The use of CBCT in endodontics has done for endodontic radiology what the microscope and endoscope did for advancing visualization in clinical endodontics. CBCT provides the clinician with a more three-dimensional radiographic view of what was a limited two-dimensional assessment from an endodontic traditional periapical or bitewing radiograph. Recent studies have shown the use of CBCT was more effective in detecting periapical lesions than conventional periapical radiographs. This information can better enhance identifying etiology and allow for more targeted endodontic treatment, thus leading to better treatment outcomes.
Most implant literature uses survival as the sole “success” criterion. When this is applied to endodontic success, it automatically makes the stated criterion in the literature less stringent and, therefore, improves endodontic treatment outcomes.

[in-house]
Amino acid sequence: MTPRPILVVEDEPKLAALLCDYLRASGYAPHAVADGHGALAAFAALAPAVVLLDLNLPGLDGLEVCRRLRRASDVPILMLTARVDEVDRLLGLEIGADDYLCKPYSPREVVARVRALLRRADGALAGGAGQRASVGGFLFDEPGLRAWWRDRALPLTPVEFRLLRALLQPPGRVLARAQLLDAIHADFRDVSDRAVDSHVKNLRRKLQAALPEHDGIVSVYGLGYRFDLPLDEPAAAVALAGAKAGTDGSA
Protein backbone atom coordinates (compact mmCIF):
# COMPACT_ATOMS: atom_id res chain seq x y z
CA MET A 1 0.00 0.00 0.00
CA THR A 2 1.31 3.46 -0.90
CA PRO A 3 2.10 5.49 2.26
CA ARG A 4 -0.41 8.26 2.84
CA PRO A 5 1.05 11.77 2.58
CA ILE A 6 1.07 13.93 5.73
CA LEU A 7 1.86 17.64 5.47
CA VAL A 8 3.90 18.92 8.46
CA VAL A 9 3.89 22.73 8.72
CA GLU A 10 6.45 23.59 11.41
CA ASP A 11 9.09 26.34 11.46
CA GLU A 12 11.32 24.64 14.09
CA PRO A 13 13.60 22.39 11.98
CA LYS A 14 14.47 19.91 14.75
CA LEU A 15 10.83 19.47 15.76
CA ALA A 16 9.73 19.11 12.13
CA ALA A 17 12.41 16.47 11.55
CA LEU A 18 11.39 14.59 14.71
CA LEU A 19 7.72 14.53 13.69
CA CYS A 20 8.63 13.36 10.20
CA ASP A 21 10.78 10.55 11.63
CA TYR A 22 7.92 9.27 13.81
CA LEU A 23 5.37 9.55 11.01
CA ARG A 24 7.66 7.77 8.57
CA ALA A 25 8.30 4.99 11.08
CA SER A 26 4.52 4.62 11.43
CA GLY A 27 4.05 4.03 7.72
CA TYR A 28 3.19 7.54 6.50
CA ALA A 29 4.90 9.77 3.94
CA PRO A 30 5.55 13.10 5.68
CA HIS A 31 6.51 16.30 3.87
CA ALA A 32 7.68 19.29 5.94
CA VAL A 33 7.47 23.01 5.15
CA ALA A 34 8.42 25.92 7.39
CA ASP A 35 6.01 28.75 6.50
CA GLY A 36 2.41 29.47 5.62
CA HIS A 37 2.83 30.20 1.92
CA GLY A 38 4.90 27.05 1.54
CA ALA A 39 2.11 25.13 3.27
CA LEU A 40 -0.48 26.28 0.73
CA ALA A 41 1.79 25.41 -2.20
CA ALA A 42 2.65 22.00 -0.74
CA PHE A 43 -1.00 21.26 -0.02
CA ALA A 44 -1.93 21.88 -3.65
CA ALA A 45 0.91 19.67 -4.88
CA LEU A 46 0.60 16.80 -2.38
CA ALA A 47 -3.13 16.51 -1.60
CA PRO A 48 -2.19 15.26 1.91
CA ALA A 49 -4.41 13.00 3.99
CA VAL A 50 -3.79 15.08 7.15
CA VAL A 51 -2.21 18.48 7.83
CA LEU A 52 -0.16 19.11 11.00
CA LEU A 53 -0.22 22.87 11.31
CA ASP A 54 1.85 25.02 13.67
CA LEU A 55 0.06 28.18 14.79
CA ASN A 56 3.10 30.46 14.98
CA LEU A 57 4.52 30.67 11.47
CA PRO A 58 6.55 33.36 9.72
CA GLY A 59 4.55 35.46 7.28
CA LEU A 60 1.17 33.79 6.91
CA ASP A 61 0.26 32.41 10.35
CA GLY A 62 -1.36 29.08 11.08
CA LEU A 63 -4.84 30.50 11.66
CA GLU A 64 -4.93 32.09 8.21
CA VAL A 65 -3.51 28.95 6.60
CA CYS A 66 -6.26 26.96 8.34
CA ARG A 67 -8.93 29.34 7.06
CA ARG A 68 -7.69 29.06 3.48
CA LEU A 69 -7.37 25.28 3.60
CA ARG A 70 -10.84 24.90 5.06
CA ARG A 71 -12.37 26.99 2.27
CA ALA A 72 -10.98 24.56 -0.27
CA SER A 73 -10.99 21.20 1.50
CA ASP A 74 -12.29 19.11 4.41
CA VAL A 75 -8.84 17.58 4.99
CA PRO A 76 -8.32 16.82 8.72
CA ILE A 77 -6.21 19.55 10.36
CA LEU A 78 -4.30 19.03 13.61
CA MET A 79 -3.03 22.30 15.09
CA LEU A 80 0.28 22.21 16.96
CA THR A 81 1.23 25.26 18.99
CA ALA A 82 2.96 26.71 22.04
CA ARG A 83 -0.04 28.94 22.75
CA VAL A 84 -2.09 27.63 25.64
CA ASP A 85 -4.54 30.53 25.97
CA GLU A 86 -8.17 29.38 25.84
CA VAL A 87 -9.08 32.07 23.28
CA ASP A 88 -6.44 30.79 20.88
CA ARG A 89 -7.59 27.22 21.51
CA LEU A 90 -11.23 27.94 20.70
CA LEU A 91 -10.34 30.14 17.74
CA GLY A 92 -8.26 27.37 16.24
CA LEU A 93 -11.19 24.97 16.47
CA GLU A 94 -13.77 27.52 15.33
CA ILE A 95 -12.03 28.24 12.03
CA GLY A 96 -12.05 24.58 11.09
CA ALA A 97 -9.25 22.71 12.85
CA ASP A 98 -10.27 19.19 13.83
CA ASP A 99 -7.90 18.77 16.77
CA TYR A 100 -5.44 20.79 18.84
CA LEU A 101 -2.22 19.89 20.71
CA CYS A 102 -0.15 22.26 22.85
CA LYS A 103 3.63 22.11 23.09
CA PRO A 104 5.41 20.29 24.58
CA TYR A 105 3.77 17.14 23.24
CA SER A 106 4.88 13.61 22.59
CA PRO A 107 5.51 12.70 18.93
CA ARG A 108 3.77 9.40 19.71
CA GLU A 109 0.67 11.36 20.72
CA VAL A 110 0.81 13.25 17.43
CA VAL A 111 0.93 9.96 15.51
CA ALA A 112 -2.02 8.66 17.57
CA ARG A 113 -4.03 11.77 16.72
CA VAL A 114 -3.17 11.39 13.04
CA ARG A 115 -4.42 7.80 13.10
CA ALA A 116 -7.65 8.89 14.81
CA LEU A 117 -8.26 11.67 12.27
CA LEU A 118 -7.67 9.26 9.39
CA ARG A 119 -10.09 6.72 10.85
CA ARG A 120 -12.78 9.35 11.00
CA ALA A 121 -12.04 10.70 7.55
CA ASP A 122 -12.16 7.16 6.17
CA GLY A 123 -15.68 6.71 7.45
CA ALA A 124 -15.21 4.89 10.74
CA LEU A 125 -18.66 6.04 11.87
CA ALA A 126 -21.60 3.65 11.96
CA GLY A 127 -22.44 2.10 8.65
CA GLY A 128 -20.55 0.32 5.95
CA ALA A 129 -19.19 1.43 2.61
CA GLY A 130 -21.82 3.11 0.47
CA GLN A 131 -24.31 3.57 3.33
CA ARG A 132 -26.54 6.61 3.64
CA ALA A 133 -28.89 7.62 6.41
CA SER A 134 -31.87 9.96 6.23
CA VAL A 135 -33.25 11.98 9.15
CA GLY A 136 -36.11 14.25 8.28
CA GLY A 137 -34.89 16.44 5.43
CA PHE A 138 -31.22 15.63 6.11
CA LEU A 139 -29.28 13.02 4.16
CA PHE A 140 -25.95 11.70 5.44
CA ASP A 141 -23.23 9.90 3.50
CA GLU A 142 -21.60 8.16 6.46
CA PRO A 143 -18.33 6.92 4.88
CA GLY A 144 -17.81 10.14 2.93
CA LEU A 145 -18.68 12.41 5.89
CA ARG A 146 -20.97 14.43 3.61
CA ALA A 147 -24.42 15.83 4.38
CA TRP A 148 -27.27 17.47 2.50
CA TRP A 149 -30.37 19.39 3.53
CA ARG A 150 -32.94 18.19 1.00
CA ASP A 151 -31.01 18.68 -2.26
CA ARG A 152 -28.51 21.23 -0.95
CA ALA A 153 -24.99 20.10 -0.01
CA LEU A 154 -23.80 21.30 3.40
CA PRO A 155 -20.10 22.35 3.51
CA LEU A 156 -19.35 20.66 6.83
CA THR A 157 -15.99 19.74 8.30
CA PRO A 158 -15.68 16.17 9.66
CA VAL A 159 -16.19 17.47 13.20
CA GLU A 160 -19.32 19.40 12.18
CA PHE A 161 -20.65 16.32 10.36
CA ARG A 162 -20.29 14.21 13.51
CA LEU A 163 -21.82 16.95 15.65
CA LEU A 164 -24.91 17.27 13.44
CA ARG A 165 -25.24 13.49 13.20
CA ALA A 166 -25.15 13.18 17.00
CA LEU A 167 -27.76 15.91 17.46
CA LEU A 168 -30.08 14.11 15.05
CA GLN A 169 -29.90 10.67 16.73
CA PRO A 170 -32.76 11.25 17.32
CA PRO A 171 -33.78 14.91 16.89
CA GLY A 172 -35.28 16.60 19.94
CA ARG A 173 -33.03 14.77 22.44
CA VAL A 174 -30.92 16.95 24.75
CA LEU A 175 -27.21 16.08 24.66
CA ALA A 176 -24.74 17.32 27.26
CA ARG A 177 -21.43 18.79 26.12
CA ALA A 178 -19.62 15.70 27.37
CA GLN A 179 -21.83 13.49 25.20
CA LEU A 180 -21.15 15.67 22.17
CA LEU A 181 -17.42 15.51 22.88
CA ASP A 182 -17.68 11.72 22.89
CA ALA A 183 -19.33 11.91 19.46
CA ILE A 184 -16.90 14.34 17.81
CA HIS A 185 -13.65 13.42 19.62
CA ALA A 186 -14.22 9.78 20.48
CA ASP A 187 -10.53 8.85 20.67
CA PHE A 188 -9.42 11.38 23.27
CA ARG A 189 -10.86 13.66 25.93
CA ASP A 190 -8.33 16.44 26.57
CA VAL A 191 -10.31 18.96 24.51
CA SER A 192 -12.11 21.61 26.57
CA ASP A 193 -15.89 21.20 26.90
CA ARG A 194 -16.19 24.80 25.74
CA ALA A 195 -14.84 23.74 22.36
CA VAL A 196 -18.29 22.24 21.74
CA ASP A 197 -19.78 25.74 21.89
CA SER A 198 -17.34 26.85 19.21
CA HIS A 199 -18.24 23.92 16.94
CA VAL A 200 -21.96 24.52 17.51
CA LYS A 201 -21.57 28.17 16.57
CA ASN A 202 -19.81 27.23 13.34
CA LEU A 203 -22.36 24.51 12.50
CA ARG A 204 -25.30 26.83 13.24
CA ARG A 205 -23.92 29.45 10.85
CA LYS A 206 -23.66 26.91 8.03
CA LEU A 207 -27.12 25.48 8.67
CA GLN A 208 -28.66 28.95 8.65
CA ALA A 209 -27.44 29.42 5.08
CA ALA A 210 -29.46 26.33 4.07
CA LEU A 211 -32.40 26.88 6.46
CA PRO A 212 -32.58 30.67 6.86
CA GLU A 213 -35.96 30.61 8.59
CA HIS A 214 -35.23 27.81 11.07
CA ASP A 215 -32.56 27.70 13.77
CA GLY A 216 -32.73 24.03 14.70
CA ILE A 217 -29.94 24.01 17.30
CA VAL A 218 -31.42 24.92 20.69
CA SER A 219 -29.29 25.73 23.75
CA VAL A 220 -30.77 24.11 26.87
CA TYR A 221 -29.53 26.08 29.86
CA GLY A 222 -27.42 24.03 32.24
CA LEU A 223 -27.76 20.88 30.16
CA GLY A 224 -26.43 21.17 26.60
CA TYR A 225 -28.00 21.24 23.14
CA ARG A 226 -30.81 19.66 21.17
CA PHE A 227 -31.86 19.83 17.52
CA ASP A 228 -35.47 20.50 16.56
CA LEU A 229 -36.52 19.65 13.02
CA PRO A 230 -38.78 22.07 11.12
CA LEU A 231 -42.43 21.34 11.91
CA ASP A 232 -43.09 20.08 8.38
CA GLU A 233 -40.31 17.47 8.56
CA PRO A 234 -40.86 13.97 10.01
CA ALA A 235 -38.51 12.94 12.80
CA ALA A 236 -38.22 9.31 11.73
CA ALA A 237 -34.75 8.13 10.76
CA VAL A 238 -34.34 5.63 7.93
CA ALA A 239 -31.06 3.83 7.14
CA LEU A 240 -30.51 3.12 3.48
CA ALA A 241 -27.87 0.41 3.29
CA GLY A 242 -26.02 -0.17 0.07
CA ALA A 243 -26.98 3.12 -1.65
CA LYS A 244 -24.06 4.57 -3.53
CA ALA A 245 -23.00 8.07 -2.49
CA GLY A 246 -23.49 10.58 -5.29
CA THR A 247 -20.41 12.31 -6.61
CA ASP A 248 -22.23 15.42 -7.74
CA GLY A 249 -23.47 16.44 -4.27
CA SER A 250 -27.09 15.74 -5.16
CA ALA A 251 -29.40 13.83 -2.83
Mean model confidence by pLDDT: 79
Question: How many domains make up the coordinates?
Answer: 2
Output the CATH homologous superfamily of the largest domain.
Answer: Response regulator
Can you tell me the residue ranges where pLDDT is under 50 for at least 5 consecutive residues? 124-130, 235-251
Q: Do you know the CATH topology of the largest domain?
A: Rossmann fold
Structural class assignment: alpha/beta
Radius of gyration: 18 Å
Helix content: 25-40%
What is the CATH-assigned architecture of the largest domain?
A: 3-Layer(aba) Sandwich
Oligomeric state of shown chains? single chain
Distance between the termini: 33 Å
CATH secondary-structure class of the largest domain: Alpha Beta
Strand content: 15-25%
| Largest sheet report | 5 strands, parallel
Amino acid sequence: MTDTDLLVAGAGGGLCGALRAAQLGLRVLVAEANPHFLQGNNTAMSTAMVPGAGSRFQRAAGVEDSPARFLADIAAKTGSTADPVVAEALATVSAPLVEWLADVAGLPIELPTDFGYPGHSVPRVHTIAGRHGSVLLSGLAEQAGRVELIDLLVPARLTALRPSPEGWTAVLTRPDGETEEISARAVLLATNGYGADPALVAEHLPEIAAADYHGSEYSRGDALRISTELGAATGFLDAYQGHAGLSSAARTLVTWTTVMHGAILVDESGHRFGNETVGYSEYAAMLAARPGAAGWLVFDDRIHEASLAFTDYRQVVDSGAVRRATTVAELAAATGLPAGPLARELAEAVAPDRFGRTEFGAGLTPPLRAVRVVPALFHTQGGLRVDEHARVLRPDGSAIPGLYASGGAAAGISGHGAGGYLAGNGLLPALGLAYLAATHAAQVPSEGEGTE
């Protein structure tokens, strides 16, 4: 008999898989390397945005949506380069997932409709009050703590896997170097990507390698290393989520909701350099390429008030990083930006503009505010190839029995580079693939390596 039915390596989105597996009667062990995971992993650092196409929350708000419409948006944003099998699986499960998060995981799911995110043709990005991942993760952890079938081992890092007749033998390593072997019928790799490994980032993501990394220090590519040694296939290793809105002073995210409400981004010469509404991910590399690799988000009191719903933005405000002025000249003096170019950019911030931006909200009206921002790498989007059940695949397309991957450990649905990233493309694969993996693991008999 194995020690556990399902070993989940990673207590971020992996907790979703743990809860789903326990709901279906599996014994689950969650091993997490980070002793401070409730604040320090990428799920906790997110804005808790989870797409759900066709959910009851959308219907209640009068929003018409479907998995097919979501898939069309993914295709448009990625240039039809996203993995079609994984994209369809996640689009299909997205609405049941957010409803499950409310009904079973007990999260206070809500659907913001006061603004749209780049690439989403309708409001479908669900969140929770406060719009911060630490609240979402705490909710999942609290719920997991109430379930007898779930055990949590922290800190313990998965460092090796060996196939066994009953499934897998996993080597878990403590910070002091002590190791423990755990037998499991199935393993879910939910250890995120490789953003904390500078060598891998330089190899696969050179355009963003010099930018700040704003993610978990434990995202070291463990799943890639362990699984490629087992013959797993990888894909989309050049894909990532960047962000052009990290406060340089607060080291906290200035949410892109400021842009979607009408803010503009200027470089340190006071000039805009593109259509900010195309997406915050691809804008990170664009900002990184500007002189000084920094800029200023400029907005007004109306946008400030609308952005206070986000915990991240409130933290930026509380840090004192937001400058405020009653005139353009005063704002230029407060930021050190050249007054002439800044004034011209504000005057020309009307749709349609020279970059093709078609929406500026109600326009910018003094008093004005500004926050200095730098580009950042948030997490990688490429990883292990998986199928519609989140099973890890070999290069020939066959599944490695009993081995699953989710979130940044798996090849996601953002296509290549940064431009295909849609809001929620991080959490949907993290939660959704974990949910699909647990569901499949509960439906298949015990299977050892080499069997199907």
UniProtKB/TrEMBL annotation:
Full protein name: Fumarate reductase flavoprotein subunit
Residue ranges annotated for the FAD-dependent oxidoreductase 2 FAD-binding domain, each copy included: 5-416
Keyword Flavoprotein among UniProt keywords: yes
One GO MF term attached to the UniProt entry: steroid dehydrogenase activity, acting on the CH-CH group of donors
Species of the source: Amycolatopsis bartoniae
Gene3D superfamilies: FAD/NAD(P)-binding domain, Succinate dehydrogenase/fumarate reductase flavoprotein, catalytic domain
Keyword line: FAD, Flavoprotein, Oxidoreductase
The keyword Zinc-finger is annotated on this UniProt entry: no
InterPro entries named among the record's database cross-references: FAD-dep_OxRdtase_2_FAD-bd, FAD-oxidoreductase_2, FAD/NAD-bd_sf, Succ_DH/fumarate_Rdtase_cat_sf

Other factors that have increased endodontic treatment success are proper case diagnosis, phase treatment, and the correlation of endodontic and restorative treatment. Endodontic diagnosis is the starting point of achieving successful treatment outcomes. Understanding that a major factor in endodontic treatment failure is the persistence of microbial infection in the root-canal system and/or periradicular area is also important. In addition, realizing a pulpitis is inflammation and not infection is just as crucial. Through proper diagnostic information in either case scenario, a clinician can improve treatment success by choosing the correct endodontic treatment armamentarium and technique to better achieve thorough chemomechanical canal debridement along with proper obturation.